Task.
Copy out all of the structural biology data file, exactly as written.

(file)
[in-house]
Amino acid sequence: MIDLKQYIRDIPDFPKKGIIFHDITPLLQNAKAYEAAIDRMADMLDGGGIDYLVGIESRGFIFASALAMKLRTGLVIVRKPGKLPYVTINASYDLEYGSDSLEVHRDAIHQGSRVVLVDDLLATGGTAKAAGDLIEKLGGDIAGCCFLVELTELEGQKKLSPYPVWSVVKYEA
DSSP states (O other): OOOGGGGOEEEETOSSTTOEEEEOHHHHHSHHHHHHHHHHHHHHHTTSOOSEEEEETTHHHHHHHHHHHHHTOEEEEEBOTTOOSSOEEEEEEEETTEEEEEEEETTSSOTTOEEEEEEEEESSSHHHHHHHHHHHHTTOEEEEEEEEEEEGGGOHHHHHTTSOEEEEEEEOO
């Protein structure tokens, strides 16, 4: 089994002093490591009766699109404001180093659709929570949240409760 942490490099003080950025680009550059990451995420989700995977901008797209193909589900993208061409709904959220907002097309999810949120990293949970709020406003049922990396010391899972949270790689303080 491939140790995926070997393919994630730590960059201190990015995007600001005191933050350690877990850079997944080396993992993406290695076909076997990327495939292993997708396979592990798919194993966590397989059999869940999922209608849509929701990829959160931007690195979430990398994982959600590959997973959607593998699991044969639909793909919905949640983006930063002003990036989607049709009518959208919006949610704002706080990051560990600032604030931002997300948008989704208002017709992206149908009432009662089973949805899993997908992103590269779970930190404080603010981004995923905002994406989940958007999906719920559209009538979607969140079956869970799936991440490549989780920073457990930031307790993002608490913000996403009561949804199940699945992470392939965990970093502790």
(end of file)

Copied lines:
[in-house]
Amino acid sequence: MIDLKQYIRDIPDFPKKGIIFHDITPLLQNAKAYEAAIDRMADMLDGGGIDYLVGIESRGFIFASALAMKLRTGLVIVRKPGKLPYVTINASYDLEYGSDSLEVHRDAIHQGSRVVLVDDLLATGGTAKAAGDLIEKLGGDIAGCCFLVELTELEGQKKLSPYPVWSVVKYEA
DSSP states (O other): OOOGGGGOEEEETOSSTTOEEEEOHHHHHSHHHHHHHHHHHHHHHTTSOOSEEEEETTHHHHHHHHHHHHHTOEEEEEBOTTOOSSOEEEEEEEETTEEEEEEEETTSSOTTOEEEEEEEEESSSHHHHHHHHHHHHTTOEEEEEEEEEEEGGGOHHHHHTTSOEEEEEEEOO
């Protein structure tokens, strides 16, 4: 089994002093490591009766699109404001180093659709929570949240409760 942490490099003080950025680009550059990451995420989700995977901008797209193909589900993208061409709904959220907002097309999810949120990293949970709020406003049922990396010391899972949270790689303080 491939140790995926070997393919994630730590960059201190990015995007600001005191933050350690877990850079997944080396993992993406290695076909076997990327495939292993997708396979592990798919194993966590397989059999869940999922209608849509929701990829959160931007690195979430990398994982959600590959997973959607593998699991044969639909793909919905949640983006930063002003990036989607049709009518959208919006949610704002706080990051560990600032604030931002997300948008989704208002017709992206149908009432009662089973949805899993997908992103590269779970930190404080603010981004995923905002994406989940958007999906719920559209009538979607969140079956869970799936991440490549989780920073457990930031307790993002608490913000996403009561949804199940699945992470392939965990970093502790």